However, seeking out the most desperate sellers is not recommended solely to make lowball offers. Instead, focus on finding a property that best suits your needs and priorities.
On the other hand, sellers can still succeed in a buyer’s market by implementing effective marketing strategies. Best practices include conducting necessary house repairs, hiring a home stager, showcasing the property’s best features with professional photos, and optimizing the listing.
As a seller, be prepared to make concessions to make the deal more appealing to potential buyers. Accepting this reality is crucial if you genuinely want a buyer to commit.
Buyer’s vs. Seller’s Markets
The difference between buyer’s and seller’s markets is when supply surpasses demand, it’s a buyer’s market, whereas when demand exceeds supply, it’s a seller’s market.
In a seller’s market (also known as a “hot” market), sellers have the advantage as there is less available inventory. While sellers should still ensure their properties are presentable to buyers, they don’t need to market them aggressively in buyer’s markets.
The condition of a house is less of an issue in seller’s markets due to limited inventory and high demand, making it difficult for buyers to be selective. Consequently, “as-is” properties can still attract the attention of property buyers.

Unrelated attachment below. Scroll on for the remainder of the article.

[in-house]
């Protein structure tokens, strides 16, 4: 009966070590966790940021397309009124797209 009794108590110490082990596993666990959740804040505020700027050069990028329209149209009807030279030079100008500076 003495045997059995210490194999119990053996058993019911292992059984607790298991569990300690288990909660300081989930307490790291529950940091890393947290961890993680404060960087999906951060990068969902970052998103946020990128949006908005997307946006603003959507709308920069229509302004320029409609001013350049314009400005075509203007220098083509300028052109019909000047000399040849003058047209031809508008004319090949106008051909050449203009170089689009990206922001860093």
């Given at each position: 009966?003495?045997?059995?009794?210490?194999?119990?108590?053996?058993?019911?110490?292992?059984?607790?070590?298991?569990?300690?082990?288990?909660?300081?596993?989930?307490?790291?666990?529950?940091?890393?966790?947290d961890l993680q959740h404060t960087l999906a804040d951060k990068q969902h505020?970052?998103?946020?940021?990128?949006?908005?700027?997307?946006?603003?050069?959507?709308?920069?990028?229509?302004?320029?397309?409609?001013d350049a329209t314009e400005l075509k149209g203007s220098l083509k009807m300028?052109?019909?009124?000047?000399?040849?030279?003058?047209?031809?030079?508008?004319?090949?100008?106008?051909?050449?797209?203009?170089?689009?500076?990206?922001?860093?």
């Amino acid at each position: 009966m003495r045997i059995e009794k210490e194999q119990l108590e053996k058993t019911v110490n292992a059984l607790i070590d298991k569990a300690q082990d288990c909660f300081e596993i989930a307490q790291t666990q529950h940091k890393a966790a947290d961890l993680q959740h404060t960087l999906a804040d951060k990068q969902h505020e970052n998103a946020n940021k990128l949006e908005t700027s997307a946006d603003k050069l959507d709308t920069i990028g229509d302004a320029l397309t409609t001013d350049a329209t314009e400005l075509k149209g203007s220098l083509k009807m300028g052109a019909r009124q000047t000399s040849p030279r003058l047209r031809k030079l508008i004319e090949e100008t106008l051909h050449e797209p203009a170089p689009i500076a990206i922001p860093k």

However, sellers understand the importance of making their homes move-in ready to attract buyers. By doing so, they can command a higher asking price and receive multiple bids.
What Are the Pros of a Buyers Market?
The benefits of a buyer’s market include a wider range of property options, reduced competition, lower home prices, cheaper home loans, and faster equity growth. The increased housing inventory translates to more opportunities to find the perfect home.
Consequently, when the number of offers is limited, buyers gain more leverage during negotiations, causing listings to remain on the market for an extended period. Even if you don’t find a bargain, you won’t have to overpay to secure a property.
Additionally, purchasing a house at a lower price reduces the amount you need to borrow for financing. While interest rates might be higher than usual, you can lower the overall cost of your debt.
Moreover, having excellent credit enables you to qualify for more favorable interest rates, and making a larger down payment can reduce the principal amount of your loan.
Taking out a mortgage during a buyer’s market can lead to significant benefits from potential appreciation. As real estate investors acquire properties at discounted prices, a buyer’s market can transition into a seller’s market. If this happens, the value of your newly purchased home may increase rapidly, leading to passive growth of your wealth.
However, bidding wars can still occur in hot and cold real estate markets, and some homes will always be so appealing that buyers can’t resist them. Nonetheless, these situations are rare in buyer’s markets.